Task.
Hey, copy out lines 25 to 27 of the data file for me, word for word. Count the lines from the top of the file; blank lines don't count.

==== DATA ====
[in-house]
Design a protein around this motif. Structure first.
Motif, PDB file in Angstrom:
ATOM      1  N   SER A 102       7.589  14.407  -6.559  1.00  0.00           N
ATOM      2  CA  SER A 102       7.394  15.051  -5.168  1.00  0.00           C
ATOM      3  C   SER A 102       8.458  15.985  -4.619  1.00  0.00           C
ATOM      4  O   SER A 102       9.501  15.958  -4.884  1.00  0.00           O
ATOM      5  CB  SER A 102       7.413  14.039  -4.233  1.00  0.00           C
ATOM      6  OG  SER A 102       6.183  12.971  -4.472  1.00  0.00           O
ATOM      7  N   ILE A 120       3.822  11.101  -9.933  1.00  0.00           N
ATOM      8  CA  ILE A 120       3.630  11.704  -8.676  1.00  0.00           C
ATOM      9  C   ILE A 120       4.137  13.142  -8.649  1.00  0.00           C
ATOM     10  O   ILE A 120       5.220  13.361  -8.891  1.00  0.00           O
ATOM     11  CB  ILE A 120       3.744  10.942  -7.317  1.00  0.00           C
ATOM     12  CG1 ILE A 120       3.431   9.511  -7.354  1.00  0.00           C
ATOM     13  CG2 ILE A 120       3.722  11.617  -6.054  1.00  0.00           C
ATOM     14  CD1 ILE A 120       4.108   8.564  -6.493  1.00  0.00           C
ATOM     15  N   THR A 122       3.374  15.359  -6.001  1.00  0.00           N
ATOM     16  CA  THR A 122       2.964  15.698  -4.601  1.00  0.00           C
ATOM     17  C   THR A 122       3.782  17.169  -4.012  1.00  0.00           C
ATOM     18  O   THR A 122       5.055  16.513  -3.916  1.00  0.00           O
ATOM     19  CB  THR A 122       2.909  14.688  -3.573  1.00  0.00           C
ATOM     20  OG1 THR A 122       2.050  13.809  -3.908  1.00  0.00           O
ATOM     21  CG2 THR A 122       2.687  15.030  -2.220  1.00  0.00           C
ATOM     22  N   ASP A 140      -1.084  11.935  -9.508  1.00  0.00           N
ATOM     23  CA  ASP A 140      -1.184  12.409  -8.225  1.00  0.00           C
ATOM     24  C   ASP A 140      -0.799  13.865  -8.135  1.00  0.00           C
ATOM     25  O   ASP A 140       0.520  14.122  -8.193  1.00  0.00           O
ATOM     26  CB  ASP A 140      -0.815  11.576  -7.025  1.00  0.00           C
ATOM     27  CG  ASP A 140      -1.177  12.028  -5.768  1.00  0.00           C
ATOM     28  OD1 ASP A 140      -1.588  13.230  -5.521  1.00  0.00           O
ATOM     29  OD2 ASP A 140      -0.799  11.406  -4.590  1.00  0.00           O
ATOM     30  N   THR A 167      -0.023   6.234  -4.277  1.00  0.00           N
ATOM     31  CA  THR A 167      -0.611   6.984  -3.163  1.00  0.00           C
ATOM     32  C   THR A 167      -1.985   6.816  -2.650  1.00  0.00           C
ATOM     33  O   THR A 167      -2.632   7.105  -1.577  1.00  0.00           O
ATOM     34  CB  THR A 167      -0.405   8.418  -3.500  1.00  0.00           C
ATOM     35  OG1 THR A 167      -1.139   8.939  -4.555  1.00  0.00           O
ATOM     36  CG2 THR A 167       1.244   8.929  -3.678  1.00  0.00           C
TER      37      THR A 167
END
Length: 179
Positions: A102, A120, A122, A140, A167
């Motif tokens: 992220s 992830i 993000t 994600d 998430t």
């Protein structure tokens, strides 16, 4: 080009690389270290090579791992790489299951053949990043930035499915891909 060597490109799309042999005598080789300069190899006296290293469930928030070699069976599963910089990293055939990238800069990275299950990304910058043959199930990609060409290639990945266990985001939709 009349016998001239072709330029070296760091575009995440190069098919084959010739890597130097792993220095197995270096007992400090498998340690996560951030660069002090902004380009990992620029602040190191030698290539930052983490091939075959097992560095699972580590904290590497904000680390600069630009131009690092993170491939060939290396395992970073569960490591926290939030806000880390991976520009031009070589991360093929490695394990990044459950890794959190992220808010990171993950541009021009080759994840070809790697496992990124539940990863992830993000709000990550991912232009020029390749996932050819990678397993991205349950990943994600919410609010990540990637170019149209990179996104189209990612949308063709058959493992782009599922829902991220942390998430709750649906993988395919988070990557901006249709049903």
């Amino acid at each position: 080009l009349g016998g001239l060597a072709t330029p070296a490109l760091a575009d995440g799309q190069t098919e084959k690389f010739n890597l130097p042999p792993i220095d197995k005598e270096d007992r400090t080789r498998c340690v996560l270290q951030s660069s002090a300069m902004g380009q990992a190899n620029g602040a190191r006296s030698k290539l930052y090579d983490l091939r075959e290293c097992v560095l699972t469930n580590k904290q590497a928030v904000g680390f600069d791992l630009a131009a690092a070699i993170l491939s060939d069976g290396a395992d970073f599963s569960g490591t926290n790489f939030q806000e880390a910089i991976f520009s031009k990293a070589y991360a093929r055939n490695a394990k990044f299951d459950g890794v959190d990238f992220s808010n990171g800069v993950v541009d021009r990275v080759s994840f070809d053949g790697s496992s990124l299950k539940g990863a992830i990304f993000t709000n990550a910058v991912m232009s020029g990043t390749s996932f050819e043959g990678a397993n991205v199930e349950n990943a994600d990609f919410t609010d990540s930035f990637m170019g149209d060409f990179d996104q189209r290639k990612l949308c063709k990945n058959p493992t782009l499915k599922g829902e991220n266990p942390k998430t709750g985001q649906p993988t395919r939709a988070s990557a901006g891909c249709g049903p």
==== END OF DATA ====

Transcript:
ATOM     22  N   ASP A 140      -1.084  11.935  -9.508  1.00  0.00           N
ATOM     23  CA  ASP A 140      -1.184  12.409  -8.225  1.00  0.00           C
ATOM     24  C   ASP A 140      -0.799  13.865  -8.135  1.00  0.00           C